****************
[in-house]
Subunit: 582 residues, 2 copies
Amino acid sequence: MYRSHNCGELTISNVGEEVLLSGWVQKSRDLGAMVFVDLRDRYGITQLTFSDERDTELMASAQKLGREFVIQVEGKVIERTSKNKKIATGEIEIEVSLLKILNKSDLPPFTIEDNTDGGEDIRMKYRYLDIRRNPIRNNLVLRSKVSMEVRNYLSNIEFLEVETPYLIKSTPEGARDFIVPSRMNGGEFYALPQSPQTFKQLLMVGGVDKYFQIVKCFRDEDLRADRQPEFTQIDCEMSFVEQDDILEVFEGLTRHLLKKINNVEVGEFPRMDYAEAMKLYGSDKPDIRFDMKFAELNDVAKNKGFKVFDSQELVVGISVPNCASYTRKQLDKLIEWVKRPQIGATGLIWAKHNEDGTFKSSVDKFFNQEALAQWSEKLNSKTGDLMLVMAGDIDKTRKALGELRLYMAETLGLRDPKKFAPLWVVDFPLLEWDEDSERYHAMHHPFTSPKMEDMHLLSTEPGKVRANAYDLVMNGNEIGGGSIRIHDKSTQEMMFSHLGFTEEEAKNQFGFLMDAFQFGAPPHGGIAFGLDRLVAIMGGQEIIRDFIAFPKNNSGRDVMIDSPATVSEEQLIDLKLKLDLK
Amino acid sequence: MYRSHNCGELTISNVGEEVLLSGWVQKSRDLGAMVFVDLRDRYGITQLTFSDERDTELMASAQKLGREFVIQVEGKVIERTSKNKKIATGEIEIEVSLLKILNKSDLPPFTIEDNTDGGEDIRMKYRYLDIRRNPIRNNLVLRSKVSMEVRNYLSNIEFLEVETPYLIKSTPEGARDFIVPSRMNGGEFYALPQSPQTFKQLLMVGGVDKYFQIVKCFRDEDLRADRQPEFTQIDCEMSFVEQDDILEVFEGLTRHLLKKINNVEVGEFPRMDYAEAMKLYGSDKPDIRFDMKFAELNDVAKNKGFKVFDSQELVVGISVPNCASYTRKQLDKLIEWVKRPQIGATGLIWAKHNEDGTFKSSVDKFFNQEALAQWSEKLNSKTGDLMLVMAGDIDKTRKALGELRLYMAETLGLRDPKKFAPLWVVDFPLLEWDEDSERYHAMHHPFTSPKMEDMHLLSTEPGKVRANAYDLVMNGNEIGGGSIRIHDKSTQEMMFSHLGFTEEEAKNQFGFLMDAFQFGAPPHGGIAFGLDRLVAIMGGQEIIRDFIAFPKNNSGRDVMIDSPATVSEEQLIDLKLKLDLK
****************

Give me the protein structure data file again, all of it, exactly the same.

[in-house]
Subunit: 582 residues, 2 copies
Amino acid sequence: MYRSHNCGELTISNVGEEVLLSGWVQKSRDLGAMVFVDLRDRYGITQLTFSDERDTELMASAQKLGREFVIQVEGKVIERTSKNKKIATGEIEIEVSLLKILNKSDLPPFTIEDNTDGGEDIRMKYRYLDIRRNPIRNNLVLRSKVSMEVRNYLSNIEFLEVETPYLIKSTPEGARDFIVPSRMNGGEFYALPQSPQTFKQLLMVGGVDKYFQIVKCFRDEDLRADRQPEFTQIDCEMSFVEQDDILEVFEGLTRHLLKKINNVEVGEFPRMDYAEAMKLYGSDKPDIRFDMKFAELNDVAKNKGFKVFDSQELVVGISVPNCASYTRKQLDKLIEWVKRPQIGATGLIWAKHNEDGTFKSSVDKFFNQEALAQWSEKLNSKTGDLMLVMAGDIDKTRKALGELRLYMAETLGLRDPKKFAPLWVVDFPLLEWDEDSERYHAMHHPFTSPKMEDMHLLSTEPGKVRANAYDLVMNGNEIGGGSIRIHDKSTQEMMFSHLGFTEEEAKNQFGFLMDAFQFGAPPHGGIAFGLDRLVAIMGGQEIIRDFIAFPKNNSGRDVMIDSPATVSEEQLIDLKLKLDLK
Amino acid sequence: MYRSHNCGELTISNVGEEVLLSGWVQKSRDLGAMVFVDLRDRYGITQLTFSDERDTELMASAQKLGREFVIQVEGKVIERTSKNKKIATGEIEIEVSLLKILNKSDLPPFTIEDNTDGGEDIRMKYRYLDIRRNPIRNNLVLRSKVSMEVRNYLSNIEFLEVETPYLIKSTPEGARDFIVPSRMNGGEFYALPQSPQTFKQLLMVGGVDKYFQIVKCFRDEDLRADRQPEFTQIDCEMSFVEQDDILEVFEGLTRHLLKKINNVEVGEFPRMDYAEAMKLYGSDKPDIRFDMKFAELNDVAKNKGFKVFDSQELVVGISVPNCASYTRKQLDKLIEWVKRPQIGATGLIWAKHNEDGTFKSSVDKFFNQEALAQWSEKLNSKTGDLMLVMAGDIDKTRKALGELRLYMAETLGLRDPKKFAPLWVVDFPLLEWDEDSERYHAMHHPFTSPKMEDMHLLSTEPGKVRANAYDLVMNGNEIGGGSIRIHDKSTQEMMFSHLGFTEEEAKNQFGFLMDAFQFGAPPHGGIAFGLDRLVAIMGGQEIIRDFIAFPKNNSGRDVMIDSPATVSEEQLIDLKLKLDLK